The Forum of Incident Response and Security Teams (FIRST) is holding its annual conference online next week. The three-day event, which is taking place online for the first time, will feature both industry experts and academics from the global community talking about the latest developments on how to prevent, detect and respond to computer security incidents. The conference has already seen 1600 registrations from nearly 100 countries.
Seventy-two speakers including Ronald Deibert (Citizen Lab and University of Toronto), Ben Hawkes (Google), and Kathleen Moriarty (Center for Internet Security) from 22 countries will present on a variety of subjects covering cyber resilience, building security teams, secure software development and ethics. The program includes:
· Product Security: Education and Prevention through Root Cause Analysis in Secure Software Development Lifecycle
· Defending the Community through Trusted Sharing
· Building Your Team of Teams: Applying Military Operational and Organizational Methodologies to Defend Large-Scale Enterprises
· The Craft of Cyber-Resilience: Lessons from the Trenches
The full conference line-up and program can be found here.
Ronald Deibert, Director of the Citizen Lab and Professor of Political Science Munk School of Global Affairs and Public Policy, University of Toronto, will host the opening keynote - Tracking Targeted Digital Threats: A View from the Citizen Lab. The keynote will cover political struggles in and through the global Internet and related technologies with regards to openness, security, and human rights. A large and largely unregulated market for commercial surveillance technology is finding willing clientele among the world's least accountable regimes. Powerful spyware tools are being used to infiltrate civil society networks, targeting the devices of journalists, human rights defenders, minority movements, and political opposition, often with lethal consequences. Meanwhile, numerous disinformation and harassment campaigns are feeding intolerance and even violence, largely without mitigation. Drawing from the last decade of research of the University of Toronto's Citizen Lab, Deibert will provide an overview of these disturbing trends and discuss some pathways to repairing and restoring the Internet as a sphere that supports, rather than diminishes, human rights.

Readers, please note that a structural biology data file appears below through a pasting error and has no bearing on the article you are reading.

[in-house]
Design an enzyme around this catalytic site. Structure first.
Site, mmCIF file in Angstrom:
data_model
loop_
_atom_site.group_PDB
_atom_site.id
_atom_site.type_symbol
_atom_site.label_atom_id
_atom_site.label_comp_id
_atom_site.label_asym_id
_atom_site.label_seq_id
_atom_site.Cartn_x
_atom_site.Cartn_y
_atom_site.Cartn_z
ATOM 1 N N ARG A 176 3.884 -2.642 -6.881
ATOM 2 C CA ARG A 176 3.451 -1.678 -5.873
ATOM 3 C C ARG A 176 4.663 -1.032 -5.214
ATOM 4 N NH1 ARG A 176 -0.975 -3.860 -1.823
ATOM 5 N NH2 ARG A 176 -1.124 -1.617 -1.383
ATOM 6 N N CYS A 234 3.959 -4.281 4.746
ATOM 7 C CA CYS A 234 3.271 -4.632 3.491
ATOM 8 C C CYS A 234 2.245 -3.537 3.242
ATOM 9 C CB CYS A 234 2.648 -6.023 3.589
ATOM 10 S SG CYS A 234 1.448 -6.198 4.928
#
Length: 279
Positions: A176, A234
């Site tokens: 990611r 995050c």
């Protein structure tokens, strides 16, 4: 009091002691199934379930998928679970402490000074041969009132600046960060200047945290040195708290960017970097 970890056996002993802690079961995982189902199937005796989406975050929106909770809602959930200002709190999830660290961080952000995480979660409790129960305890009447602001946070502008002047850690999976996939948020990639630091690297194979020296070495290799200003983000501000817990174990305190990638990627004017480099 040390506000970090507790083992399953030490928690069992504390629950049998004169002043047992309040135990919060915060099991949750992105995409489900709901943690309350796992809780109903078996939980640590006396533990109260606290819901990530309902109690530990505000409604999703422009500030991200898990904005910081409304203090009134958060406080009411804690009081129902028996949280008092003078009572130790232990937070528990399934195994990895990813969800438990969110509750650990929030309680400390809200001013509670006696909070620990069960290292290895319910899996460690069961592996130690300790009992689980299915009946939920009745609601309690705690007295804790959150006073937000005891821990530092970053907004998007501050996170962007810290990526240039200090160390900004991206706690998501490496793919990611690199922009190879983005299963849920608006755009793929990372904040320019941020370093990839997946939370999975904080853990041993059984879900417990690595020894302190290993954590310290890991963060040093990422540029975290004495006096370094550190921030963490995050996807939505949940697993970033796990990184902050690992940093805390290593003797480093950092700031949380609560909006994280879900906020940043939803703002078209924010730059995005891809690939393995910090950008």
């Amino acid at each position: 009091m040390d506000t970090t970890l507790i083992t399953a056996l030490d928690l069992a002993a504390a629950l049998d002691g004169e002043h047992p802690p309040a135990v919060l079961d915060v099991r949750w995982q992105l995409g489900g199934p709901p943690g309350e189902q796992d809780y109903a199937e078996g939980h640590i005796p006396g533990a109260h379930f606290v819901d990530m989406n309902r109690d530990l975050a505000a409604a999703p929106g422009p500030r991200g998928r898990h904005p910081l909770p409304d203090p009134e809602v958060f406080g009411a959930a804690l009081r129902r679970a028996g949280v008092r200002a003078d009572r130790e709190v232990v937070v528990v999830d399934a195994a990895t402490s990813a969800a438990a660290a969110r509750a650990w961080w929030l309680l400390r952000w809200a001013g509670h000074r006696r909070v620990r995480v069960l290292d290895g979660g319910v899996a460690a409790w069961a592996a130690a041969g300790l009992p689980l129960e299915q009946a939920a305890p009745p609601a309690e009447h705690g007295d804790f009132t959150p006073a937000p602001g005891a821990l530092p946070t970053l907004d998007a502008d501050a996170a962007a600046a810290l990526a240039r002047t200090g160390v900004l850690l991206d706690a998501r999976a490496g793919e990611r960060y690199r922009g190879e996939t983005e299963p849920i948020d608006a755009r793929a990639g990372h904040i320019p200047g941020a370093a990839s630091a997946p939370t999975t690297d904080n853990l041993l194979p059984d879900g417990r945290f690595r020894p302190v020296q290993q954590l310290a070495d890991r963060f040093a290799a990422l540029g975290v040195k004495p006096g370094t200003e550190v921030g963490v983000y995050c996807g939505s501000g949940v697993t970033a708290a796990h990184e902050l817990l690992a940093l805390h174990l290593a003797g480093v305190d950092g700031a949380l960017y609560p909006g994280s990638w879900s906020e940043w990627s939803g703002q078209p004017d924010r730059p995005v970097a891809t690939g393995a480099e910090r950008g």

“The annual FIRST conference is a highlight in my calendar. While we sadly cannot meet in person, I’m delighted to see that the online program made no compromise in the quality of the accepted talks. In fact, the online format has made the event accessible to people who would otherwise not have been able to participate. This is in line with our mission of becoming even more inclusive. My thanks go to the FIRST events team and the program committee who are instrumental in delivering such a high profile event,” Serge Droz, Chair of FIRST said.
Past participants of the conference have included information security practitioners, executive management, network architects, system and network administrators, software and hardware vendors, security solutions providers, ISPs, law enforcement, and general computer and network security personnel.
The virtual conference will be held November 16-18, 2020 from 13:00-17:00 UTC daily. Registration is free to attend, register now. The presentations will be made available to view at www.first.org after the event.
To follow the conference on Twitter, follow @FIRSTdotOrg or engage with the discussion via #firstcon20.